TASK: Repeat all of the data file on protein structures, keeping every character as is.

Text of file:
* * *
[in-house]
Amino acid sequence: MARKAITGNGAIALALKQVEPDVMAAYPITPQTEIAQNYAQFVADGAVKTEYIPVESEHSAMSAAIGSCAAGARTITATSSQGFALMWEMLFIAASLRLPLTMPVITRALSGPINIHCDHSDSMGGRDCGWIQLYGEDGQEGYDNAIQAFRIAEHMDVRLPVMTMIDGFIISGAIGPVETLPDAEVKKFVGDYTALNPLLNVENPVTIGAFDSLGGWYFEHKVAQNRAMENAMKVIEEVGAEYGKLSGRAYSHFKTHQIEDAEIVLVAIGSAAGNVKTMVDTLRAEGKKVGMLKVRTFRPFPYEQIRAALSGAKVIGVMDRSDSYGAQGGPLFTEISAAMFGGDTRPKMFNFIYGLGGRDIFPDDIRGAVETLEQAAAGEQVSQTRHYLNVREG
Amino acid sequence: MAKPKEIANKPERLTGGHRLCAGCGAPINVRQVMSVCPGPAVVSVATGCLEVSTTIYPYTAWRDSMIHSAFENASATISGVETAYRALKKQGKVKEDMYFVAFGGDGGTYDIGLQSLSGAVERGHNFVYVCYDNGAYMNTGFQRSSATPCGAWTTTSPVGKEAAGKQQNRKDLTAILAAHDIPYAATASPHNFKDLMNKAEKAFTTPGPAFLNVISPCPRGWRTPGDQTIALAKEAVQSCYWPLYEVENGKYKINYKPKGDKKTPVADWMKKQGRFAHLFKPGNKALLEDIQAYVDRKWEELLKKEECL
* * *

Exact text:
[in-house]
Amino acid sequence: MARKAITGNGAIALALKQVEPDVMAAYPITPQTEIAQNYAQFVADGAVKTEYIPVESEHSAMSAAIGSCAAGARTITATSSQGFALMWEMLFIAASLRLPLTMPVITRALSGPINIHCDHSDSMGGRDCGWIQLYGEDGQEGYDNAIQAFRIAEHMDVRLPVMTMIDGFIISGAIGPVETLPDAEVKKFVGDYTALNPLLNVENPVTIGAFDSLGGWYFEHKVAQNRAMENAMKVIEEVGAEYGKLSGRAYSHFKTHQIEDAEIVLVAIGSAAGNVKTMVDTLRAEGKKVGMLKVRTFRPFPYEQIRAALSGAKVIGVMDRSDSYGAQGGPLFTEISAAMFGGDTRPKMFNFIYGLGGRDIFPDDIRGAVETLEQAAAGEQVSQTRHYLNVREG
Amino acid sequence: MAKPKEIANKPERLTGGHRLCAGCGAPINVRQVMSVCPGPAVVSVATGCLEVSTTIYPYTAWRDSMIHSAFENASATISGVETAYRALKKQGKVKEDMYFVAFGGDGGTYDIGLQSLSGAVERGHNFVYVCYDNGAYMNTGFQRSSATPCGAWTTTSPVGKEAAGKQQNRKDLTAILAAHDIPYAATASPHNFKDLMNKAEKAFTTPGPAFLNVISPCPRGWRTPGDQTIALAKEAVQSCYWPLYEVENGKYKINYKPKGDKKTPVADWMKKQGRFAHLFKPGNKALLEDIQAYVDRKWEELLKKEECL